Browsing by Subject "BALANCING SELECTION"

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  • Wedenoja, Satu; Yoshihara, Masahito; Teder, Hindrek; Sariola, Hannu; Gissler, Mika; Katayama, Shintaro; Wedenoja, Juho; Häkkinen, Inka M. K.; Ezer, Sini; Linder, Nina; Lundin, Johan; Skoog, Tiina; Sahlin, Ellika; Iwarsson, Erik; Pettersson, Karin; Kajantie, Eero; Mokkonen, Mikael; Heinonen, Seppo; Laivuori, Hannele; Krjutskov, Kaarel; Kere, Juha (2020)
    Background: Fetal immune tolerance is crucial for pregnancy success. We studied the link between preeclampsia, a severe pregnancy disorder with uncertain pathogenesis, and fetal human leukocyte antigen G (HLA-G) and other genes regulating maternal immune responses. Methods: We assessed sex ratios and regulatory HLA-G haplotypes in population cohorts and series of preeclampsia and stillbirth. We studied placental mRNA expression of 136 genes by sequencing and HLA-G and interferon alpha (IFN alpha) protein expression by immunohistochemistry. Findings: We found underrepresentation of males in preeclamptic births, especially those delivered preterm or small for gestational age. Balancing selection at HLA-G associated with the sex ratio, stillbirth, and preeclampsia. We observed downregulation of HLA-G, its receptors, and many other tolerogenic genes, and marked upregulation of IFNA1 in preeclamptic placentas. Interpretation: These findings indicate that an evolutionary trade-off between immune tolerance and protection against infections at the maternal-fetal interface promotes genetic diversity in fetal HLA-G, thereby affecting survival, preeclampsia, and sex ratio. We highlight IFNA1 as a potential mediator of preeclampsia and a target for therapeutic trials. (C) 2020 The Authors. Published by Elsevier B.V.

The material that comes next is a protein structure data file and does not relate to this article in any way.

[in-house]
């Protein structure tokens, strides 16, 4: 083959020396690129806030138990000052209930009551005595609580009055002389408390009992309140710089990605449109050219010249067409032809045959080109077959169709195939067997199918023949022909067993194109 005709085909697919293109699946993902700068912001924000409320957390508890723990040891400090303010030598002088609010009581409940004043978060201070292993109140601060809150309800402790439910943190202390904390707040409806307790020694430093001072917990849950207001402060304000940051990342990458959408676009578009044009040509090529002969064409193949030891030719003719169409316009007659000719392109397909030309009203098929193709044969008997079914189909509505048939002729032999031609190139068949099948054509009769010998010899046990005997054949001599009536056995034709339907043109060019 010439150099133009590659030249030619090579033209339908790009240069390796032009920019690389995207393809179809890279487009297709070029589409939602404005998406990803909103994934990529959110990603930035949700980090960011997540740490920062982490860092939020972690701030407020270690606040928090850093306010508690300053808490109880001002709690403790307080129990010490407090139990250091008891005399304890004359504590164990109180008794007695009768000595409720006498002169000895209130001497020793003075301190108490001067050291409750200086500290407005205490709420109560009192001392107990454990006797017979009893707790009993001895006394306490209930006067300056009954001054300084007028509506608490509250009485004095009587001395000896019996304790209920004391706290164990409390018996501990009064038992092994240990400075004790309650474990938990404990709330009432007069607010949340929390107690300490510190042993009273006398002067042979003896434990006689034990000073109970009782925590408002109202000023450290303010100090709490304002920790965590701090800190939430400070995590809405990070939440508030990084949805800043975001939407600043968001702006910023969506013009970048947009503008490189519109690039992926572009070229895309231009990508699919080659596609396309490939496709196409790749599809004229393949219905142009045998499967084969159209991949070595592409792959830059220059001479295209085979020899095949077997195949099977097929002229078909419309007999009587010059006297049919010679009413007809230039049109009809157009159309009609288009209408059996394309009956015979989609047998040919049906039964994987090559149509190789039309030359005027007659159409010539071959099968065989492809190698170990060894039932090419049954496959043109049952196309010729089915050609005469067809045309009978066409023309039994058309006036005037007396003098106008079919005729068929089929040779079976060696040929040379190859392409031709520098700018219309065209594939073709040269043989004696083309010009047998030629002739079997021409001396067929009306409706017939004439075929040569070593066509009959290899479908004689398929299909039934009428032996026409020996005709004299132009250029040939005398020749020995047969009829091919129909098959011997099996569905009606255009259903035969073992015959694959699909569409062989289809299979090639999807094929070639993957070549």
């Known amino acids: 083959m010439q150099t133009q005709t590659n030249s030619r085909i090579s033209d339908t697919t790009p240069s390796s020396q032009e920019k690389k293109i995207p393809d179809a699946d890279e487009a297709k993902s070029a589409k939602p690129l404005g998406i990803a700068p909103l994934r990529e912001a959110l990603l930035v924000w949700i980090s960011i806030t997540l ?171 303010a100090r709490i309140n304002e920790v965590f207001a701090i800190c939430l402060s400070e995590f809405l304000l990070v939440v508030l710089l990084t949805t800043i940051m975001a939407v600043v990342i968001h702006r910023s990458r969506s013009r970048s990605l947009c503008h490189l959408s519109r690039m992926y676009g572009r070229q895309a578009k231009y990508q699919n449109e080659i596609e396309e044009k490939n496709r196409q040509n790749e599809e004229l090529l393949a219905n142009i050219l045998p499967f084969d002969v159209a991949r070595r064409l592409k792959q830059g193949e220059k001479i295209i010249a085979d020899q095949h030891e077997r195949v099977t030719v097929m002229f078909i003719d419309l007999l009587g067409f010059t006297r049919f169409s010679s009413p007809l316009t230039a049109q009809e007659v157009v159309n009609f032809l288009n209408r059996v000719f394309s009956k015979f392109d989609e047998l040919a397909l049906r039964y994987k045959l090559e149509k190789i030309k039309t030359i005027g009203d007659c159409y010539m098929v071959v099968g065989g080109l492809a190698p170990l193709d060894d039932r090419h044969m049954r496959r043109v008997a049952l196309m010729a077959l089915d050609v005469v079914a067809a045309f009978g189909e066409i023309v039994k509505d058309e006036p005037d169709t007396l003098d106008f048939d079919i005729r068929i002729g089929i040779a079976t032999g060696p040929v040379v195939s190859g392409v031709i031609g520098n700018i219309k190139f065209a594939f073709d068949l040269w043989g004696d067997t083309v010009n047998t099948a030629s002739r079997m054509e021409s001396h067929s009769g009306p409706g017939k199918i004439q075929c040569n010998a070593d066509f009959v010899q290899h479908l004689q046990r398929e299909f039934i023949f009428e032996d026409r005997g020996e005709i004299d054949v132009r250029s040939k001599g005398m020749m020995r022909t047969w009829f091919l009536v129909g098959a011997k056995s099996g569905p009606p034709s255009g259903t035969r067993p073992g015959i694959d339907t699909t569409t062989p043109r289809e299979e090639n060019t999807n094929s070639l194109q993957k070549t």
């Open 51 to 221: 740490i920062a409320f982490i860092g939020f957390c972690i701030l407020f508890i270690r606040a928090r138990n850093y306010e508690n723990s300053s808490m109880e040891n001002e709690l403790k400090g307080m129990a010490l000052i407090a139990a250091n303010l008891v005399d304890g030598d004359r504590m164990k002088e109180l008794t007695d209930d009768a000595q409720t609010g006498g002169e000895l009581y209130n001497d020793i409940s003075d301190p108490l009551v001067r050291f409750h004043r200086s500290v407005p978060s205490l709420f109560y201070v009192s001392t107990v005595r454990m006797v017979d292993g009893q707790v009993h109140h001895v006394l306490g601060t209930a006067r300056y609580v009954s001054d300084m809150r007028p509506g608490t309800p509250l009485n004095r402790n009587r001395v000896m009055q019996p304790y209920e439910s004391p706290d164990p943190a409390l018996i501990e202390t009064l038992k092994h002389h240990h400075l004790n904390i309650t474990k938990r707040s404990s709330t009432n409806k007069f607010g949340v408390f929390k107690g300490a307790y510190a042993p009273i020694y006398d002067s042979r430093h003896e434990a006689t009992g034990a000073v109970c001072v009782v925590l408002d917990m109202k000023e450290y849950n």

• Fountain, Toby Edward Soames; Nieminen, Marko Juhani; Siren, Jukka Pekka; Wong, Swee Chong; Lehtonen, Rainer Juhani; Hanski, Ilkka Aulis (2016)
    Describing the evolutionary dynamics of now extinct populations is challenging, as their genetic composition before extinction is generally unknown. The Glanville fritillary butterfly has a large extant metapopulation in the Åland Islands in Finland, but declined to extinction in the nearby fragmented southwestern (SW) Finnish archipelago in the 20th century. We genotyped museum samples for 222 SNPs across the genome, including SNPs from candidate genes and neutral regions. SW Finnish populations had significantly reduced genetic diversity before extinction, and their allele frequencies gradually diverged from those in contemporary Åland populations over 80 y. We identified 15 outlier loci among candidate SNPs, mostly related to flight, in which allele frequencies have changed more than the neutral expectation. At outlier loci, allele frequencies in SW Finland shifted in the same direction as newly established populations deviated from old local populations in contemporary Åland. Moreover, outlier allele frequencies in SW Finland resemble those in fragmented landscapes as opposed to continuous landscapes in the Baltic region. These results indicate selection for genotypes associated with good colonization capacity in the highly fragmented landscape before the extinction of the populations. Evolutionary response to habitat fragmentation may have enhanced the viability of the populations, but it did not save the species from regional extinction in the face of severe habitat loss and fragmentation. These results highlight a potentially common situation in changing environments: evolutionary changes are not strong enough to fully compensate for the direct adverse effects of environmental change and thereby rescue populations from extinction.